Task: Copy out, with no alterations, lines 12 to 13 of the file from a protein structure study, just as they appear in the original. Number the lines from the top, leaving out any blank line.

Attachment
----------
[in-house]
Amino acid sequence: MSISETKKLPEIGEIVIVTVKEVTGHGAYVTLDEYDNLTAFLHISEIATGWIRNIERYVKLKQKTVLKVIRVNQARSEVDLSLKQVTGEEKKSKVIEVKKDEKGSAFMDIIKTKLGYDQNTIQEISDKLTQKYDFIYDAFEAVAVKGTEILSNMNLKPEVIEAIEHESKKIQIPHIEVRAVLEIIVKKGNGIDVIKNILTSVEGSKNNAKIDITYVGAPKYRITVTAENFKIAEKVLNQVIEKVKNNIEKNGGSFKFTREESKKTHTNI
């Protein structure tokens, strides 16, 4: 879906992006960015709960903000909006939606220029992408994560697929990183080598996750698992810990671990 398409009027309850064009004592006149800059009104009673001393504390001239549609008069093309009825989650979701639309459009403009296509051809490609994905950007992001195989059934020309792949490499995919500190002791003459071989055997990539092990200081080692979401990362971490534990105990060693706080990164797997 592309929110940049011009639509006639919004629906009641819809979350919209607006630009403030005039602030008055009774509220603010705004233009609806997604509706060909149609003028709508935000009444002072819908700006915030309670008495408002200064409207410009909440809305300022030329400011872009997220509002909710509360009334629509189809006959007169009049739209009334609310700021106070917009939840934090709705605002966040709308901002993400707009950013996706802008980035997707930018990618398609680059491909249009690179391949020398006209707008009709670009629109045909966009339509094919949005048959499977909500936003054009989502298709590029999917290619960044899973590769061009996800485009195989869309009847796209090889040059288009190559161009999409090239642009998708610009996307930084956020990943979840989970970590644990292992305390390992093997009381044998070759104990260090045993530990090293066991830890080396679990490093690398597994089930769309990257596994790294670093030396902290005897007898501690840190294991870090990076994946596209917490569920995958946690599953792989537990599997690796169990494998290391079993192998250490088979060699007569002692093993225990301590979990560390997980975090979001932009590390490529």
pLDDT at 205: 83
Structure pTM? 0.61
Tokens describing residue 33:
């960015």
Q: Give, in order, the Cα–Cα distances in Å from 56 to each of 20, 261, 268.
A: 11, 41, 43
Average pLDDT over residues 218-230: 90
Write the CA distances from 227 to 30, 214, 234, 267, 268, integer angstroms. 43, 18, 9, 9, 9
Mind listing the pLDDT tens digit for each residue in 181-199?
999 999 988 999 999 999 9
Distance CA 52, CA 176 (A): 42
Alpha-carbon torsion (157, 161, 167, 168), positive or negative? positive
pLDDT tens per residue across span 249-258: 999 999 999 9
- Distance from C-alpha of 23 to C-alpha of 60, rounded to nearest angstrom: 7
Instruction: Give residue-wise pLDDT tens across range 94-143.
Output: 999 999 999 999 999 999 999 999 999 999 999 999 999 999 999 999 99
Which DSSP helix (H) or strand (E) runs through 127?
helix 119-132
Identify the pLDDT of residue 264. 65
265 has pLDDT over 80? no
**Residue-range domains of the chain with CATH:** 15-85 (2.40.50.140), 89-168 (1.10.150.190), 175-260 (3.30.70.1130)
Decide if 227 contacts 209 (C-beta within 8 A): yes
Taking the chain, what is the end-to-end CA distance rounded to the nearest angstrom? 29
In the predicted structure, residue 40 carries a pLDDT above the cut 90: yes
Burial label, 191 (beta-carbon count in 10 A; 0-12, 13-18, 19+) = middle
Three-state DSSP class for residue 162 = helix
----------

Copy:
Mind listing the pLDDT tens digit for each residue in 181-199?
999 999 988 999 999 999 9